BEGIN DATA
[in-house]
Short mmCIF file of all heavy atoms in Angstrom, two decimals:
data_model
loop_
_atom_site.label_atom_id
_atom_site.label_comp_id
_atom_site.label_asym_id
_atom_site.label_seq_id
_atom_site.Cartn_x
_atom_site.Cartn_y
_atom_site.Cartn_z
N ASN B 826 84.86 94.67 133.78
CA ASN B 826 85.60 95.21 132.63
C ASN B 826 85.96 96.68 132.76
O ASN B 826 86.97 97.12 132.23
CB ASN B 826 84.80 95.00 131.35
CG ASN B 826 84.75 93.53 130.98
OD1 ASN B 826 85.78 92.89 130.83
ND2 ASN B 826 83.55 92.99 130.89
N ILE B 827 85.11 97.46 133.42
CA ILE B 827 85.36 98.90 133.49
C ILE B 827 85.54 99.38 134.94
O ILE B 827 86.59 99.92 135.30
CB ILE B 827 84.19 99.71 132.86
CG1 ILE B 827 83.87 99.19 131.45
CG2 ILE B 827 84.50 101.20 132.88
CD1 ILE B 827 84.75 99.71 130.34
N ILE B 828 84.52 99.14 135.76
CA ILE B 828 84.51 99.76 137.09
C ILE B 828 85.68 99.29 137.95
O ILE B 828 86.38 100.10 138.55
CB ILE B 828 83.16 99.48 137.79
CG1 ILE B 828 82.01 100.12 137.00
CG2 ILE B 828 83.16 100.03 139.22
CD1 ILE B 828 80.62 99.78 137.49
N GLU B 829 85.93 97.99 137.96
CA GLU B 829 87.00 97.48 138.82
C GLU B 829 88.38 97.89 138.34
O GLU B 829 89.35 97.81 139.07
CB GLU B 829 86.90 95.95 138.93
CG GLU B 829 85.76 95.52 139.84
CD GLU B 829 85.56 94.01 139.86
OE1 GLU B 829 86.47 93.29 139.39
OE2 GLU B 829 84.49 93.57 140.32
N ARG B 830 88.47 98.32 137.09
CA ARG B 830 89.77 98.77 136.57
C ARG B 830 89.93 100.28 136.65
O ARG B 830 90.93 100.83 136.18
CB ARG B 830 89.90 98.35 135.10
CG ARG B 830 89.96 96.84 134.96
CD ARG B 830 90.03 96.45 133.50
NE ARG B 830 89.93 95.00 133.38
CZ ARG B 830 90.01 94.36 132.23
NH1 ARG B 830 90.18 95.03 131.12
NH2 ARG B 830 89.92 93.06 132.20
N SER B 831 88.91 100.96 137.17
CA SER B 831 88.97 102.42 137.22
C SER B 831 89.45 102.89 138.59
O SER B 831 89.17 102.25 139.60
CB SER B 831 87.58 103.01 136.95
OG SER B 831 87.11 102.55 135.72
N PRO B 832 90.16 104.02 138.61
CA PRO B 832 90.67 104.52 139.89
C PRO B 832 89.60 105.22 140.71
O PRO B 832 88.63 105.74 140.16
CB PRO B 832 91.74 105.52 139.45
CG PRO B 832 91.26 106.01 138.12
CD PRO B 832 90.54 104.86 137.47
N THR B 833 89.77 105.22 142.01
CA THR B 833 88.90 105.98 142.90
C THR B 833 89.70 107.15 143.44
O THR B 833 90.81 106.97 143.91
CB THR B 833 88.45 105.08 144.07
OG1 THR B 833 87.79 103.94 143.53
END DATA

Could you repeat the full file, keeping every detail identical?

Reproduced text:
[in-house]
Short mmCIF file of all heavy atoms in Angstrom, two decimals:
data_model
loop_
_atom_site.label_atom_id
_atom_site.label_comp_id
_atom_site.label_asym_id
_atom_site.label_seq_id
_atom_site.Cartn_x
_atom_site.Cartn_y
_atom_site.Cartn_z
N ASN B 826 84.86 94.67 133.78
CA ASN B 826 85.60 95.21 132.63
C ASN B 826 85.96 96.68 132.76
O ASN B 826 86.97 97.12 132.23
CB ASN B 826 84.80 95.00 131.35
CG ASN B 826 84.75 93.53 130.98
OD1 ASN B 826 85.78 92.89 130.83
ND2 ASN B 826 83.55 92.99 130.89
N ILE B 827 85.11 97.46 133.42
CA ILE B 827 85.36 98.90 133.49
C ILE B 827 85.54 99.38 134.94
O ILE B 827 86.59 99.92 135.30
CB ILE B 827 84.19 99.71 132.86
CG1 ILE B 827 83.87 99.19 131.45
CG2 ILE B 827 84.50 101.20 132.88
CD1 ILE B 827 84.75 99.71 130.34
N ILE B 828 84.52 99.14 135.76
CA ILE B 828 84.51 99.76 137.09
C ILE B 828 85.68 99.29 137.95
O ILE B 828 86.38 100.10 138.55
CB ILE B 828 83.16 99.48 137.79
CG1 ILE B 828 82.01 100.12 137.00
CG2 ILE B 828 83.16 100.03 139.22
CD1 ILE B 828 80.62 99.78 137.49
N GLU B 829 85.93 97.99 137.96
CA GLU B 829 87.00 97.48 138.82
C GLU B 829 88.38 97.89 138.34
O GLU B 829 89.35 97.81 139.07
CB GLU B 829 86.90 95.95 138.93
CG GLU B 829 85.76 95.52 139.84
CD GLU B 829 85.56 94.01 139.86
OE1 GLU B 829 86.47 93.29 139.39
OE2 GLU B 829 84.49 93.57 140.32
N ARG B 830 88.47 98.32 137.09
CA ARG B 830 89.77 98.77 136.57
C ARG B 830 89.93 100.28 136.65
O ARG B 830 90.93 100.83 136.18
CB ARG B 830 89.90 98.35 135.10
CG ARG B 830 89.96 96.84 134.96
CD ARG B 830 90.03 96.45 133.50
NE ARG B 830 89.93 95.00 133.38
CZ ARG B 830 90.01 94.36 132.23
NH1 ARG B 830 90.18 95.03 131.12
NH2 ARG B 830 89.92 93.06 132.20
N SER B 831 88.91 100.96 137.17
CA SER B 831 88.97 102.42 137.22
C SER B 831 89.45 102.89 138.59
O SER B 831 89.17 102.25 139.60
CB SER B 831 87.58 103.01 136.95
OG SER B 831 87.11 102.55 135.72
N PRO B 832 90.16 104.02 138.61
CA PRO B 832 90.67 104.52 139.89
C PRO B 832 89.60 105.22 140.71
O PRO B 832 88.63 105.74 140.16
CB PRO B 832 91.74 105.52 139.45
CG PRO B 832 91.26 106.01 138.12
CD PRO B 832 90.54 104.86 137.47
N THR B 833 89.77 105.22 142.01
CA THR B 833 88.90 105.98 142.90
C THR B 833 89.70 107.15 143.44
O THR B 833 90.81 106.97 143.91
CB THR B 833 88.45 105.08 144.07
OG1 THR B 833 87.79 103.94 143.53